A few years ago, the little boy found himself in the middle of an angry hive of stinging, flying somethings. They were in his shorts and up his shirt, he got it pretty good. The following summer he stayed in the house every time we checked bees.
Fast forward to this summer, curiosity got the best of him. One night I went to check the bees and he asked to come with. “Next time. You need pants and boots and long sleeves.”
We weren’t even finished with supper the following night and he has excused himself from the table and came back dressed to check the bees. Together we built a fire in the smoker. He “suited” up in Mike’s beekeeping hat and gloves and grabbed the hive tool. We hopped on the four-wheeler and headed out for his first hive check.
Rain, rain, stay away. Come again another day. Papa wants to hay today.
By Friday night we had the first cuttings bales of fresh hay in the loft. I think this was the first year nothing broke and we didn’t have the worry of rain. I should probably write that down because who knows if we will ever be so lucky again. I guess I am jumping the gun a little bit; the hay on dad’s fields still needs to be put up and the sky is looking pretty dark.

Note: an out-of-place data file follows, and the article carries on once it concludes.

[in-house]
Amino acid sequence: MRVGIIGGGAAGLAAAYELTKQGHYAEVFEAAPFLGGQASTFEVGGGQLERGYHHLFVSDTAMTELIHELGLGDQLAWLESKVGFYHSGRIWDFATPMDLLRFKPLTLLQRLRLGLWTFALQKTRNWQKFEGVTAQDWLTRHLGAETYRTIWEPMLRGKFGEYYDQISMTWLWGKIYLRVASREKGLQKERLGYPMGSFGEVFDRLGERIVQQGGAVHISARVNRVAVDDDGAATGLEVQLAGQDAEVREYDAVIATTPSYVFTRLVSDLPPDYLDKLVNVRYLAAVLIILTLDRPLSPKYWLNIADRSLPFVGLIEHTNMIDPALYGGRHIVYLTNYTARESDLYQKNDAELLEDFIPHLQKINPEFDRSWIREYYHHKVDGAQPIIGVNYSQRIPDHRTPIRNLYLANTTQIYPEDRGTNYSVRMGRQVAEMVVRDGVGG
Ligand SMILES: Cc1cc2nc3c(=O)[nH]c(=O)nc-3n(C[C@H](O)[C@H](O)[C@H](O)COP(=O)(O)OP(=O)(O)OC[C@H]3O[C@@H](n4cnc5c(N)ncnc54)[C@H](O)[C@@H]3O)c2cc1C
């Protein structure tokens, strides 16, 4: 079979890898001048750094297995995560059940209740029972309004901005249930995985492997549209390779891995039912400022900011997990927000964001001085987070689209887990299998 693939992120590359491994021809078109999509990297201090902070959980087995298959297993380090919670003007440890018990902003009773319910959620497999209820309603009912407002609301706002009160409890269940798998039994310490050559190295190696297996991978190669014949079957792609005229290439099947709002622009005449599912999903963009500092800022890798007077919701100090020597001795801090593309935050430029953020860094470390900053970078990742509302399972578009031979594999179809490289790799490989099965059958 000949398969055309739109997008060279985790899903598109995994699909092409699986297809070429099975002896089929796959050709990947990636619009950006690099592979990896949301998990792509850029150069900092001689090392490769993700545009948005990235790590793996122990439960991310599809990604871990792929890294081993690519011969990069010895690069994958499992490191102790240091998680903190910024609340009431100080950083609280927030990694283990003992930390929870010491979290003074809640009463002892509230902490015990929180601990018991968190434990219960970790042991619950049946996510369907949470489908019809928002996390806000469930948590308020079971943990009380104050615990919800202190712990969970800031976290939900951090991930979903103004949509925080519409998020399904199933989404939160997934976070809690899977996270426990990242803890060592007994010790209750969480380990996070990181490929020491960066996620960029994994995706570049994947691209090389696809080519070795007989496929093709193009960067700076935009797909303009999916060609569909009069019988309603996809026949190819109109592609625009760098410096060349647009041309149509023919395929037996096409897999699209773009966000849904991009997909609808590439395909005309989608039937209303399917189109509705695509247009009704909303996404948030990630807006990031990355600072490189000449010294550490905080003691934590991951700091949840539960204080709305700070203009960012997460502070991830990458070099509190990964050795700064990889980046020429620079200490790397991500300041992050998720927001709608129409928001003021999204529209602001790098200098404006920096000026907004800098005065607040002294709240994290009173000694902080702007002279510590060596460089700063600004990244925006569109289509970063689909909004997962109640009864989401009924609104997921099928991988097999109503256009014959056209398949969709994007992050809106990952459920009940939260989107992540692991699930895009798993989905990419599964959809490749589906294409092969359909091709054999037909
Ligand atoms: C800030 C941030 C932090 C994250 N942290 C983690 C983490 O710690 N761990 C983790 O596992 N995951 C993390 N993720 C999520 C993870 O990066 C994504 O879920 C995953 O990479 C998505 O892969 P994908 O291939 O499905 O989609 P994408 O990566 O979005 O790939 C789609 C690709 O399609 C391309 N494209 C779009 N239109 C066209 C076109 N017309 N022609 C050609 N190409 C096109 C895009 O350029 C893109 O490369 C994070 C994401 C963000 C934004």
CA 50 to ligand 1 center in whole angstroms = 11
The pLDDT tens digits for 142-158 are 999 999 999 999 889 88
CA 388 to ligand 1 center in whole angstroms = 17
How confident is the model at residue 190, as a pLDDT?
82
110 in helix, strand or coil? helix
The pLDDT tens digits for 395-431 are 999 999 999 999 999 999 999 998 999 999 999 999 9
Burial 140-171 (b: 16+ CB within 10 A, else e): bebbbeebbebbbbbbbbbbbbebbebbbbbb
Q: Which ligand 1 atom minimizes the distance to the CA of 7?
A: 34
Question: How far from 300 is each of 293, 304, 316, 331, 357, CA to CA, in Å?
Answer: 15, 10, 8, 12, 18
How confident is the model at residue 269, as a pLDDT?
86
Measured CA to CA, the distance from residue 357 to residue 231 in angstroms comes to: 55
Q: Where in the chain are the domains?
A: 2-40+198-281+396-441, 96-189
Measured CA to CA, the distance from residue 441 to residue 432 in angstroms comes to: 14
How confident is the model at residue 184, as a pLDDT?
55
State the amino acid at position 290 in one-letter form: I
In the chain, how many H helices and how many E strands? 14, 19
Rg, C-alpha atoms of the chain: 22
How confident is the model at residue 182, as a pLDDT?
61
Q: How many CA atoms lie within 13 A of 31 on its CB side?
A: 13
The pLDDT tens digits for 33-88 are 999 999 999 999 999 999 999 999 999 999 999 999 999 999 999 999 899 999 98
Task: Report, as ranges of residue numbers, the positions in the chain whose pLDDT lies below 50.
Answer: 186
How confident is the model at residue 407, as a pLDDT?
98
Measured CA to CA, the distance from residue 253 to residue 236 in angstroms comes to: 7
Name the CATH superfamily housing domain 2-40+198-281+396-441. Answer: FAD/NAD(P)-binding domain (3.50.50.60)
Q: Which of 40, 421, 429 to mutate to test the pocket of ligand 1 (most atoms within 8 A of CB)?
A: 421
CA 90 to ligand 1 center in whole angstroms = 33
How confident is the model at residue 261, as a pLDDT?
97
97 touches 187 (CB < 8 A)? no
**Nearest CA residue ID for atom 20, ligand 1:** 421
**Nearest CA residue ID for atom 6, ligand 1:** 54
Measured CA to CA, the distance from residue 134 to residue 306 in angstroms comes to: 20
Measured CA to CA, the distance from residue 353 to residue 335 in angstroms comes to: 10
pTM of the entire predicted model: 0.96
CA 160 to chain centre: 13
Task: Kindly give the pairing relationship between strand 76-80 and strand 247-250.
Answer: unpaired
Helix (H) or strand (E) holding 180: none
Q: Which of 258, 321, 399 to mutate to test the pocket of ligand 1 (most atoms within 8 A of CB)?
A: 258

Personally, I love haying season. As with anything there are some not so great parts but I do my best to overlook those. Things like a million cuts on my forearms from the scratching hay, the constant heavy lifting in the summer heat, the chaff that clings to sweat and itches and the sneezing and snot. Yeah, haying isn’t always pretty, easy or comfortable. All that aside, it’s great. (Yes, I know, I probably am outnumbered everyone to one on this.)
I feel like this should be a post talking in metaphors about how I need to take a year to “weed the garden” and simplify my life or minimalize the amount of stuff in my home. It’s a good thought and both would be beneficial, but not this time. I literally need to weed the garden.